A Rose by Any Other Name: Long-Term Memory Structure and Sentence Processing

Kara D. Federmeier, Marta Kutas

Research output: Contribution to journalArticlepeer-review


The effects of sentential context and semantic memory structure during on-line sentence processing were examined by recording event-related brain potentials as individuals read pairs of sentences for comprehension. The first sentence established an expectation for a particular exemplar of a semantic category, while the second ended with (1) that expected exemplar, (2) an unexpected exemplar from the same (expected) category, or (3) an unexpected item from a different (unexpected) category. Expected endings elicited a positivity between 250 and 550 ms while all unexpected endings elicited an N400, which was significantly smaller to items from the expected category. This N400 reduction varied with the strength of the contextually induced expectation: unexpected, categorically related endings elicited smaller N400s in more constraining contexts, despite their poorer fit to context (lower plausibility). This pattern of effects is best explained as reflecting the impact of context-independent long-term memory structure on sentence processing. The results thus suggest that physical and functional similarities that hold between objects in the world - i.e., category structure - influence neural organization and, in turn, routine language comprehension processes.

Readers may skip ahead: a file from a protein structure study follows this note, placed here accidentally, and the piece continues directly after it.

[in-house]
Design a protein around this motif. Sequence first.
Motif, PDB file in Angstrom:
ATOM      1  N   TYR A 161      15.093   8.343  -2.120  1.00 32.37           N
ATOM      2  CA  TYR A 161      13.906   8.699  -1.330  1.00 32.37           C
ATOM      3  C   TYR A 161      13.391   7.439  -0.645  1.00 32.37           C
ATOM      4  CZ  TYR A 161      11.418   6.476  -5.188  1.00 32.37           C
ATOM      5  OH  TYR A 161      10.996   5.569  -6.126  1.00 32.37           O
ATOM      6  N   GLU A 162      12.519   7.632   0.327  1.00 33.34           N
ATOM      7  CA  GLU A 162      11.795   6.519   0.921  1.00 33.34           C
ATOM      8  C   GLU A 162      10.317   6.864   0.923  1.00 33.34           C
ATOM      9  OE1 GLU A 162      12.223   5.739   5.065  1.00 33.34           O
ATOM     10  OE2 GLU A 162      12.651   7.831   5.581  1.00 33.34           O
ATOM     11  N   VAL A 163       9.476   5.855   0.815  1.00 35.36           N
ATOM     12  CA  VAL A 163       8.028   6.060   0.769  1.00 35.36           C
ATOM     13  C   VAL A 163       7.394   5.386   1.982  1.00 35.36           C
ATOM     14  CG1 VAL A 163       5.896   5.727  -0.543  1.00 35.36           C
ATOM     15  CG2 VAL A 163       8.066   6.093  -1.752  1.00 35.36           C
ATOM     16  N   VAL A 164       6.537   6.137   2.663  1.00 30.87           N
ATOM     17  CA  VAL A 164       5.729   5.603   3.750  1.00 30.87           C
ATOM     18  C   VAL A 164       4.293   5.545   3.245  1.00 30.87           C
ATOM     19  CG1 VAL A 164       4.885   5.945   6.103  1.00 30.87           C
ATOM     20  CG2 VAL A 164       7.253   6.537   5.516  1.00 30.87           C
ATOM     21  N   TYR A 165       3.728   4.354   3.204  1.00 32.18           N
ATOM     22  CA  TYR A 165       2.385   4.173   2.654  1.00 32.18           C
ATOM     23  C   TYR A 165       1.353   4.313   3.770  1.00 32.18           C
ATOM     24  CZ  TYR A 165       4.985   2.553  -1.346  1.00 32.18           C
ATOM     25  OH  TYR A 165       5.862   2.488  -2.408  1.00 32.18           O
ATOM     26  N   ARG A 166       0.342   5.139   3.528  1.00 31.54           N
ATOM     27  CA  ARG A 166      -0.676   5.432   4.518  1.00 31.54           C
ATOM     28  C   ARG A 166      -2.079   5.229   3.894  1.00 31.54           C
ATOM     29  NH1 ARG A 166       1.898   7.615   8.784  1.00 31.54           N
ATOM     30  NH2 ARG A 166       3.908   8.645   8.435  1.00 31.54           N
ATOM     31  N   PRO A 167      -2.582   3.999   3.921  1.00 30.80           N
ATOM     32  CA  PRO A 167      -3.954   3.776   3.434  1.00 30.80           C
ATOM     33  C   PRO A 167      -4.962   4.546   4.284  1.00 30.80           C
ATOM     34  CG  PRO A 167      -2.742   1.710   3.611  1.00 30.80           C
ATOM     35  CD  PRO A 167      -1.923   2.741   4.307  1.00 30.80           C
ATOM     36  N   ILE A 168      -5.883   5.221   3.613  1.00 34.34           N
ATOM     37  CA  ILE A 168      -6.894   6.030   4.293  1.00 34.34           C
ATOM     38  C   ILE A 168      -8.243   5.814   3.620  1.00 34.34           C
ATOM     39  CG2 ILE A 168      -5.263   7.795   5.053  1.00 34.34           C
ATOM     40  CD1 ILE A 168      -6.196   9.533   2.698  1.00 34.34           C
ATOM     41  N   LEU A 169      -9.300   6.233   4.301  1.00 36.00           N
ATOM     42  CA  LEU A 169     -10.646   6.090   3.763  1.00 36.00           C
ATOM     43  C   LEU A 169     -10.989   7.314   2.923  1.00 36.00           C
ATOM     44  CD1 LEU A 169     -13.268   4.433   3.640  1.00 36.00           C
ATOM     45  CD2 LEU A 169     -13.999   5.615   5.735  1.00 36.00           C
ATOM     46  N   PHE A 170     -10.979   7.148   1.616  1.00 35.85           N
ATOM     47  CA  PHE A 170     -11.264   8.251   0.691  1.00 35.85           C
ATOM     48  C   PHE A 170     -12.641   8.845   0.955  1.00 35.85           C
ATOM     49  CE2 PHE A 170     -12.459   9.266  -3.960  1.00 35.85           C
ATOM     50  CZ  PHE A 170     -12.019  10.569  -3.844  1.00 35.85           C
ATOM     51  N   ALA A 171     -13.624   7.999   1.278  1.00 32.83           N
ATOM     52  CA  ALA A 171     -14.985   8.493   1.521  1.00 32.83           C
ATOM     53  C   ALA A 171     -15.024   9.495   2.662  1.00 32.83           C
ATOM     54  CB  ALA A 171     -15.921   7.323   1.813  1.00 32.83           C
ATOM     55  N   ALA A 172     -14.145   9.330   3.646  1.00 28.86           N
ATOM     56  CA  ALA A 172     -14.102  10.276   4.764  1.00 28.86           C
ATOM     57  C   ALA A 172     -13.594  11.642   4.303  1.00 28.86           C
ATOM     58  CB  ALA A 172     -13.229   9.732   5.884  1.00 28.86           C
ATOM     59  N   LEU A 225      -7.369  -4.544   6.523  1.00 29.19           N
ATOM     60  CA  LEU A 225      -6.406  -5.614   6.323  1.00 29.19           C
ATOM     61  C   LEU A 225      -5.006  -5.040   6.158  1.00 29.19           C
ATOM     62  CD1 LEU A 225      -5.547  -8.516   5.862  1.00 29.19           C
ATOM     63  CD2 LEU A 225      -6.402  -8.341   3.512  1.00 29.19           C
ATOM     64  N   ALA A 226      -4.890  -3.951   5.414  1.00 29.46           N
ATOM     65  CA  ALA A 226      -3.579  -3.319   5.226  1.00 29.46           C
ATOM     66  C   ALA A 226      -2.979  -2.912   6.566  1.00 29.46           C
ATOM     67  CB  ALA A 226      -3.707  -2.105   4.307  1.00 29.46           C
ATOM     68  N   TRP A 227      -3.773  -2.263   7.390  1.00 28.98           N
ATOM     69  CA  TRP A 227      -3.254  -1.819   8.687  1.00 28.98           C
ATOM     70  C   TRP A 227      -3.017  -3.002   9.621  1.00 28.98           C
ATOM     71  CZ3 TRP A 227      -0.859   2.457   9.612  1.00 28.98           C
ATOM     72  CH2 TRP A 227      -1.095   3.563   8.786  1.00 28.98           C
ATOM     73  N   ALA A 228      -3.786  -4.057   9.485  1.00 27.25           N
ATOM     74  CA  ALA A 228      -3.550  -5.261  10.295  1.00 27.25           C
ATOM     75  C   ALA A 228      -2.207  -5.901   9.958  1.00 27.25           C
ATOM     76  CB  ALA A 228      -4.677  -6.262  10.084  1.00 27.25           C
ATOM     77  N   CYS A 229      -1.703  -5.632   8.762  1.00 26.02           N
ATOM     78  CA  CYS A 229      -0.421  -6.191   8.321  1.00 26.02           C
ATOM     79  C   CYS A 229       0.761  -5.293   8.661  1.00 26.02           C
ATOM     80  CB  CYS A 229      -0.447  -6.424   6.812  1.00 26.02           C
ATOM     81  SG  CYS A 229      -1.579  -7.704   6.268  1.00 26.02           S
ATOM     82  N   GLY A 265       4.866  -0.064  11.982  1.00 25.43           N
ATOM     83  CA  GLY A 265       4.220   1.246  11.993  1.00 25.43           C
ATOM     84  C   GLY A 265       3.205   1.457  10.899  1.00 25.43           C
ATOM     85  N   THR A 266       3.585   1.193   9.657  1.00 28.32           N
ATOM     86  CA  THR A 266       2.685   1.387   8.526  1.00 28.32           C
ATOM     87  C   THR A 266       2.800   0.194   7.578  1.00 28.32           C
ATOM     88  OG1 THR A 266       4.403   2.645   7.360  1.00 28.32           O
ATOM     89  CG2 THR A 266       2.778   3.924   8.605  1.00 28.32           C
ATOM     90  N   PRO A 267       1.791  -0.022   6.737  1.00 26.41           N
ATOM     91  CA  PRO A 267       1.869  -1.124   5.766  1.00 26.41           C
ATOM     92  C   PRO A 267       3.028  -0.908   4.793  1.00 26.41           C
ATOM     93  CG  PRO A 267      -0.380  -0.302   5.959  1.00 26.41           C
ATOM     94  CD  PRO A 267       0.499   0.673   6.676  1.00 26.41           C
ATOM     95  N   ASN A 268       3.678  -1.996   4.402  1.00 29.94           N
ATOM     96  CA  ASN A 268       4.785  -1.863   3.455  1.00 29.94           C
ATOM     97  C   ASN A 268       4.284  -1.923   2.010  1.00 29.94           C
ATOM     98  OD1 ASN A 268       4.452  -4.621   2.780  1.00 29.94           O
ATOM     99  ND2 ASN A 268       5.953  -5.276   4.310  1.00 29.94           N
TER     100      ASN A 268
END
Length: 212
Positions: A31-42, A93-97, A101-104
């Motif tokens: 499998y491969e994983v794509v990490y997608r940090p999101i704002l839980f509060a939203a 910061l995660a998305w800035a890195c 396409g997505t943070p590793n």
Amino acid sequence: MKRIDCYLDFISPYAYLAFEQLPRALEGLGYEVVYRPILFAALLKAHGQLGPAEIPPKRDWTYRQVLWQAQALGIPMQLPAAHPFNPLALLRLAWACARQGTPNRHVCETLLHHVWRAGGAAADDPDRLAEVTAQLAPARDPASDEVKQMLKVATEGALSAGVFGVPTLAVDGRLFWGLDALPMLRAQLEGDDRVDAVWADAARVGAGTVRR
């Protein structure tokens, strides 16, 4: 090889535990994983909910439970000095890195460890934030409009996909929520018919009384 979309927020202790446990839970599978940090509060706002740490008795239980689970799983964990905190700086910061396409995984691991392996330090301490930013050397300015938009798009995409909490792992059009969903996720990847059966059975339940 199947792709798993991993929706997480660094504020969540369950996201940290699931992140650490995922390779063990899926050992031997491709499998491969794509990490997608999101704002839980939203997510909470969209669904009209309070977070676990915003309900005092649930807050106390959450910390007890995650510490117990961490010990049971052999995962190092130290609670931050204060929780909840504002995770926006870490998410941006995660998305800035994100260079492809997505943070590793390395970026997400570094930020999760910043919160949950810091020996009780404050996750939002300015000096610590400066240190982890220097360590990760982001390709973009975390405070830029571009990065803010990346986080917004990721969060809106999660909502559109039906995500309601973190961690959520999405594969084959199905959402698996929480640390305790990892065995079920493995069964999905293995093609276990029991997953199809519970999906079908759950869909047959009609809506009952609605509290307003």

Original languageEnglish (US)
Pages (from-to)469-495
Number of pages27
JournalJournal of Memory and Language
Issue number4
StatePublished - Nov 1999
Externally publishedYes


  • Categorization
  • Event-related potentials
  • N400
  • Sentence processing

ASJC Scopus subject areas

  • Neuropsychology and Physiological Psychology
  • Language and Linguistics
  • Experimental and Cognitive Psychology
  • Linguistics and Language
  • Artificial Intelligence


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